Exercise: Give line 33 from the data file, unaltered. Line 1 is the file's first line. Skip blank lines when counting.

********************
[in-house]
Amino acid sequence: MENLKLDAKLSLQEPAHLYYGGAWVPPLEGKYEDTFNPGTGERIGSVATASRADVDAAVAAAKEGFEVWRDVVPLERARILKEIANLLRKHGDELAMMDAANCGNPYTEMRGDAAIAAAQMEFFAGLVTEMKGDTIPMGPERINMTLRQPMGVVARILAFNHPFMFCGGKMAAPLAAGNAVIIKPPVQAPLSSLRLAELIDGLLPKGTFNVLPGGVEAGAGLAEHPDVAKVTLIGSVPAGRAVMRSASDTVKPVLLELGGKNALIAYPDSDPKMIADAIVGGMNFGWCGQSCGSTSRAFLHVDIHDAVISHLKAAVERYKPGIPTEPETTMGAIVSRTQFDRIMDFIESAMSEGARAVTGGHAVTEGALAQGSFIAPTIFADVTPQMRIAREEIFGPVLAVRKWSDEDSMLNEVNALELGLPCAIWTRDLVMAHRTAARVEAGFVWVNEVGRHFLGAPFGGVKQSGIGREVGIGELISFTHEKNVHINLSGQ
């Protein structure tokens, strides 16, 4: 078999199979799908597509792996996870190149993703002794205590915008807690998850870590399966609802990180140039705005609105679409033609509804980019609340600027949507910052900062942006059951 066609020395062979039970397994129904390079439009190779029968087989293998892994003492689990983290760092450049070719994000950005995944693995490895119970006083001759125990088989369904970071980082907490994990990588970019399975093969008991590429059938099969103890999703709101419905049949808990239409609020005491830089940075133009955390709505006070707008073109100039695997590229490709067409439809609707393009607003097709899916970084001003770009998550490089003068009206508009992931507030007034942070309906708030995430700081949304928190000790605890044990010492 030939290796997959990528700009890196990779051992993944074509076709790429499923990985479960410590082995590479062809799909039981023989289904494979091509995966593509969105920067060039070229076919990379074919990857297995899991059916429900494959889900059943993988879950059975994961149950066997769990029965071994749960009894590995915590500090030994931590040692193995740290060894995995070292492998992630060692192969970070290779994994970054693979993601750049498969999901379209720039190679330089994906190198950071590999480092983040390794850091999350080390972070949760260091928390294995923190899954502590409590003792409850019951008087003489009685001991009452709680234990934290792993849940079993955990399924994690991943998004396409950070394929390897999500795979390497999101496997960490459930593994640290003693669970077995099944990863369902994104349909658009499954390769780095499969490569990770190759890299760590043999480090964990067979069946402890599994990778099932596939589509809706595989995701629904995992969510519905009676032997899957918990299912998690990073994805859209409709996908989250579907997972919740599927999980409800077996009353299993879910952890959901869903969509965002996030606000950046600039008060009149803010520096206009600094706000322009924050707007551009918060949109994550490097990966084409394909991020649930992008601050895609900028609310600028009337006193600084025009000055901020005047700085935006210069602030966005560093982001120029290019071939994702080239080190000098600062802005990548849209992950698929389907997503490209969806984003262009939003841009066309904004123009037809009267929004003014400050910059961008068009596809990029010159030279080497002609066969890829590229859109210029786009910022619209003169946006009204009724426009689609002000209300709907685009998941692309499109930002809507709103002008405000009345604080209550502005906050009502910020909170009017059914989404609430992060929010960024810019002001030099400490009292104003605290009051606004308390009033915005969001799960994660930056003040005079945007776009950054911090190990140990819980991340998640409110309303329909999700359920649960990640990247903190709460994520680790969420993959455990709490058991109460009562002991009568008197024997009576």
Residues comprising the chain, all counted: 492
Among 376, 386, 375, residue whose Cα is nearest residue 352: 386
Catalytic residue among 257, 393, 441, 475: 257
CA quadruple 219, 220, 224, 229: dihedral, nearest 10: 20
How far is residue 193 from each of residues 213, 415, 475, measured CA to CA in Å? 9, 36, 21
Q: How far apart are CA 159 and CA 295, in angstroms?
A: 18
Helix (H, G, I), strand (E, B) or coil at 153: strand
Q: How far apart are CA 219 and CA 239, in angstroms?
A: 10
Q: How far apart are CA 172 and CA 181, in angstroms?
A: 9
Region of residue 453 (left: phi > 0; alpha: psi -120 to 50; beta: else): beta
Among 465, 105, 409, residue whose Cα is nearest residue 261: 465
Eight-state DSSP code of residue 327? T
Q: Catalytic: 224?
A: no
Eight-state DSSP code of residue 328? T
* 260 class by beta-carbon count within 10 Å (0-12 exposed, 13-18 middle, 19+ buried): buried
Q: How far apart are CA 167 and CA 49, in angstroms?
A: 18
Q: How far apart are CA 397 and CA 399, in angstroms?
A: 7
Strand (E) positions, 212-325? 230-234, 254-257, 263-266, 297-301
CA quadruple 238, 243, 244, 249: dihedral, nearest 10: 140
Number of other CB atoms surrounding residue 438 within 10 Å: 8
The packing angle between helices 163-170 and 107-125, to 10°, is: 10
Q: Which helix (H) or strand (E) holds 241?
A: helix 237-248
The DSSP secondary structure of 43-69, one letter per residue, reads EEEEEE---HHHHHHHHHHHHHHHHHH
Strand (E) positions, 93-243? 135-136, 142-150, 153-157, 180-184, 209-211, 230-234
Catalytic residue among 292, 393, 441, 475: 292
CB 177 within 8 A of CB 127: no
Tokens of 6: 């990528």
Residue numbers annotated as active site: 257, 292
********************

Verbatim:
The DSSP secondary structure of 43-69, one letter per residue, reads EEEEEE---HHHHHHHHHHHHHHHHHH